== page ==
A major art exhibition poignantly paying homage to Christchurch will be emotional for everyone who visits it at the Bryce Gallery in Riccarton next week.
The exhibition is open July 19 to 31 and includes iconic scenes of landmark places affected by the earthquakes including ChristChurch Cathedral, Cathedral of the Blessed Sacrament, Canterbury Provincial Council Chambers, the Arts Centre, Colombo Street, New Regent Street, Oxford Terrace, High Street, McKenzie and Willis, Alice in Videoland, The Strip, The Bog, Cashel Mall, Johnson’s Grocers, Hagley Park, the Avon River, Shag Rock & Sumner.
Everyone who lived in Christchurch at the time of the February 22 earthquake has lost someone or something dear to them.
Gallery owner Denise Bryce said a lot of people had moved on but she had found many others were emotional when they saw artworks of buildings and places that were special to them.
``Memories of places where weddings were held, places where they worked and good times past allow them to ‘feel good’ again. I get the most wonderful feeling of being involved in their lives when they buy one of these artworks as inevitably they share their story with me.
``It will be almost a bitter-sweet show for most people. And to those who have moved away from Christchurch, they can see the exhibition on our website – brycegallery.co.nz.’’
The inspiration for the show came from the release of Denis Robinson’s book “Christchurch – An artists’ tribute” released in February this year to commemorate the first anniversary. A portion of the book proceeds are being donated to the Christchurch Earthquake Mayoral Relief Fund. Copies will be available for sale during the Exhibition.
A total of 15 top New Zealand artists have provided around 40 paintings on Christchurch for the special commemoration exhibition.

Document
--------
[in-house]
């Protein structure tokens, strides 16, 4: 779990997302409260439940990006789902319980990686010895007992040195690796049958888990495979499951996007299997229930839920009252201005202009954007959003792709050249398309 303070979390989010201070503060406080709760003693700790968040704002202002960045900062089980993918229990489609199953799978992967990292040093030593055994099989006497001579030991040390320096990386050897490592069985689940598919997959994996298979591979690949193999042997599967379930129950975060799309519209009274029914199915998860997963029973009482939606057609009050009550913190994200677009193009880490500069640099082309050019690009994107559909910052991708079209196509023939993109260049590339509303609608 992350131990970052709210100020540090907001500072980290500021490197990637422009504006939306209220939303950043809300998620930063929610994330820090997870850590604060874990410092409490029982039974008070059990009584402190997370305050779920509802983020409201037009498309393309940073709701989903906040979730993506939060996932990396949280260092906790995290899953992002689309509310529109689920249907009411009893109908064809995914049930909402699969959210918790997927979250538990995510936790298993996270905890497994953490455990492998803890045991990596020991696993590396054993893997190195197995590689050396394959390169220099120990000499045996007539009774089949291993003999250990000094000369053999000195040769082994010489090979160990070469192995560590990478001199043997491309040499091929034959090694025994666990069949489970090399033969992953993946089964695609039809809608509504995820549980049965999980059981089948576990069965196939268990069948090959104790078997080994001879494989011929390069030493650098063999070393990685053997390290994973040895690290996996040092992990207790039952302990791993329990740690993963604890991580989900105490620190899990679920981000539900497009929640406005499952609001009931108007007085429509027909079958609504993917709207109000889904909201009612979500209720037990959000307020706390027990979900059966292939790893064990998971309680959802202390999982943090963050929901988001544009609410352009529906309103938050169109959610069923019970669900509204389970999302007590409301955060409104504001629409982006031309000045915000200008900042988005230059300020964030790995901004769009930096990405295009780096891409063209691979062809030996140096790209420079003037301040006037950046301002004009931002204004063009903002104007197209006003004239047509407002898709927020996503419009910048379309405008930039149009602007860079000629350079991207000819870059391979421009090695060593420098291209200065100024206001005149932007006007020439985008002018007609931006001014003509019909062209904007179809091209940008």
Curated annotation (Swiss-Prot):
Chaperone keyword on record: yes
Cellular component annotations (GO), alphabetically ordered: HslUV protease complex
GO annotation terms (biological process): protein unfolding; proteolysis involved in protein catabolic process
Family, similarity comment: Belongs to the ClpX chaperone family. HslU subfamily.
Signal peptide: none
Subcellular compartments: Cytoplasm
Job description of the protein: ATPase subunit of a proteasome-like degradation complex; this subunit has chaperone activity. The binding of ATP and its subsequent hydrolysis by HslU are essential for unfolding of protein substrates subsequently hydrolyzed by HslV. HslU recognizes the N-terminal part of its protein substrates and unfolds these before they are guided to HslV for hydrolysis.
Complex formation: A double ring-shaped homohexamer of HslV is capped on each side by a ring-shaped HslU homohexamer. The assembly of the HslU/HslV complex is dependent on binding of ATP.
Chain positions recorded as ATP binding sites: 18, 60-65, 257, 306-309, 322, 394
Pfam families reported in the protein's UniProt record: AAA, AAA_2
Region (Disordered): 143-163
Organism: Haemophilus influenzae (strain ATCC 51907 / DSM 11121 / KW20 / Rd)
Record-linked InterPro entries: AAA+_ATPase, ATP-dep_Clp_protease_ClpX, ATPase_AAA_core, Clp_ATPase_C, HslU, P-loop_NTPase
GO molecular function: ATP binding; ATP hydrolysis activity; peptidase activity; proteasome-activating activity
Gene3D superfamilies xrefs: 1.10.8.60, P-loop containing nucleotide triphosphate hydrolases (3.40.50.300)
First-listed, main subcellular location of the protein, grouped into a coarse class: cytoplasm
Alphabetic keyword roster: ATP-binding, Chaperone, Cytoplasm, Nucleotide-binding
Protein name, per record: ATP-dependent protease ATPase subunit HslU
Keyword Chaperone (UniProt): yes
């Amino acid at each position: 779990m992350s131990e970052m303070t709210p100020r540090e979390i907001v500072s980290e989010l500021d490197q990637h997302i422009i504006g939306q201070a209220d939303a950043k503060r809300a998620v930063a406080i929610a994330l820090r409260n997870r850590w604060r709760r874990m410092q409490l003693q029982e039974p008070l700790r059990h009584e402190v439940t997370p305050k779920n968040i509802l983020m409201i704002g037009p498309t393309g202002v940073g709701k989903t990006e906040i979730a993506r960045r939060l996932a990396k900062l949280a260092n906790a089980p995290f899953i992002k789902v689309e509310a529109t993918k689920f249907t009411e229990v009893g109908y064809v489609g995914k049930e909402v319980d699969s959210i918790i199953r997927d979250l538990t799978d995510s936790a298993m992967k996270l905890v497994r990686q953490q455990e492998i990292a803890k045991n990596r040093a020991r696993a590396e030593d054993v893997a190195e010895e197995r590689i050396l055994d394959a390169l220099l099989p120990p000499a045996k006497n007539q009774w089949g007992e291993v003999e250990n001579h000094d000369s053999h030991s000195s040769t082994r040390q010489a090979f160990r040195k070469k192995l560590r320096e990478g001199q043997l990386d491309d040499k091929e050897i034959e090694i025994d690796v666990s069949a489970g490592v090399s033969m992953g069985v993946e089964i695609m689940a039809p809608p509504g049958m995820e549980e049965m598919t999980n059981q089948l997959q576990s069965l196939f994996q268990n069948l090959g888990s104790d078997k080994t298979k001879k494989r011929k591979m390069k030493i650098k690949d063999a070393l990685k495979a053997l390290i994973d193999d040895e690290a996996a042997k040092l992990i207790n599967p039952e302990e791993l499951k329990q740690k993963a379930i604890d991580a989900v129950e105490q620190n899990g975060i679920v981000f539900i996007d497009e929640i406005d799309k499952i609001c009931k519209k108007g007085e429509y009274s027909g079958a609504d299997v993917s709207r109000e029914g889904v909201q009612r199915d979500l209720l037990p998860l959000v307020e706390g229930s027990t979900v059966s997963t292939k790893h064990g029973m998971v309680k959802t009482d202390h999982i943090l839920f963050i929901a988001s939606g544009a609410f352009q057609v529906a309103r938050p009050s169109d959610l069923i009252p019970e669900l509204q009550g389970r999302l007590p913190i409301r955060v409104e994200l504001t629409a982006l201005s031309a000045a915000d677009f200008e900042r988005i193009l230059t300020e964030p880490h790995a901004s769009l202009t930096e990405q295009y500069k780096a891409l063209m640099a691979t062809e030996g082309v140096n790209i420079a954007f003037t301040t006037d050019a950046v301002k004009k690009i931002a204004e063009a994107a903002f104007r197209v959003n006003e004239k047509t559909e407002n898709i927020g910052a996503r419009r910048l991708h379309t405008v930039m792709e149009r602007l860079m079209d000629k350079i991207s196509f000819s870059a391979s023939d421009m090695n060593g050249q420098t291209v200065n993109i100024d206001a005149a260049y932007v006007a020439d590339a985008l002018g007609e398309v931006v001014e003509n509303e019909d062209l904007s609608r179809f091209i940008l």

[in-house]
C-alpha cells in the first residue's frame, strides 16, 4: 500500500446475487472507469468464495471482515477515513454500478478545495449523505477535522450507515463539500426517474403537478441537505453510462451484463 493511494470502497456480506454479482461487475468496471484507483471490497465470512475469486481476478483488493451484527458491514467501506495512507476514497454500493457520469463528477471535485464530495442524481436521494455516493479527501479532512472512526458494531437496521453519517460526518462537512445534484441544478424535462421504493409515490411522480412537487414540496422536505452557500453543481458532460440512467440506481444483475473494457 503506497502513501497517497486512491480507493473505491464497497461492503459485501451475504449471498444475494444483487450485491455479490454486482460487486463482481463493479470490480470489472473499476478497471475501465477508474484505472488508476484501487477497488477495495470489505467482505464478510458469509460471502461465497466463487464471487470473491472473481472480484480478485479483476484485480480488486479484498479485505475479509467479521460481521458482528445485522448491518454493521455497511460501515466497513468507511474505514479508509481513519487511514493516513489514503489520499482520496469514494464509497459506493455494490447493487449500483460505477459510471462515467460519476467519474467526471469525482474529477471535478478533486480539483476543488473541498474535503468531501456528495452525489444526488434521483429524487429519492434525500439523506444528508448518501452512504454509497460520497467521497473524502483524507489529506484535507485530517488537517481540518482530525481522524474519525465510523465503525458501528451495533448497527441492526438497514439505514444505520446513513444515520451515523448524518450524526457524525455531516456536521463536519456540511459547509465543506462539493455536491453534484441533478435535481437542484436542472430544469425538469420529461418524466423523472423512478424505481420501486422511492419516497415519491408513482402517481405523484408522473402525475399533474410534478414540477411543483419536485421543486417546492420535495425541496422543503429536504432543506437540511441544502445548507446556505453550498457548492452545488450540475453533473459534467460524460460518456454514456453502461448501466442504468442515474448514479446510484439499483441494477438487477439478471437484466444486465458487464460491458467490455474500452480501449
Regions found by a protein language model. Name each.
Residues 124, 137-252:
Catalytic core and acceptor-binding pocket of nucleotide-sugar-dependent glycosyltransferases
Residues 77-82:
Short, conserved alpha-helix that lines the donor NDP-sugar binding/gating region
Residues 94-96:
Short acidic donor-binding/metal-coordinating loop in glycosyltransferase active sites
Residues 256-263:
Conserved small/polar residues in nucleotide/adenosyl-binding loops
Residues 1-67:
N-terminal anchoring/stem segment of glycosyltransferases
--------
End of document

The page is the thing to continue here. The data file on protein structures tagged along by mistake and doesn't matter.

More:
The artists from Christchurch, Wellington, Auckland, Australia and South Canterbury are the late Austen Deans, Bill Moore, Don McAra, Galina Kim & Sue Spigel, Jacky Pearson, John Young, Julia Drake, Kees Bruin, Kelvin McMillan, Paul Hanrahan, Philip Beadle, Robert McDowell, Simon Williams and Sue Currie. Many artists had works destroyed and damaged in the quake.
Robert McDowell’s grandson Jaime Robert McDowell Gilbert, was killed in the February earthquake last year. He was buried on a hill above Little River’s Wairewa marae. McDowell has done a large two metre wide painting looking from the hill down to the nearby lake. The art work will be gifted to the marae on behalf of Jaime’s family and will be unveiled this Saturday, which is Jaime’s birthday.
Another artist, quilter Sue Spigel, was working inside the cathedral when the spire fell through the roof above her on February 22 last year. She broke her arm as parts of the church came tumbling down. The artist had been sewing a cloak for the Dean of Auckland in her cathedral studio at the time. Her piece for the Bryce exhibition is collaboration with Galina Kim, a painter. The quilts and paintings are of the cathedral.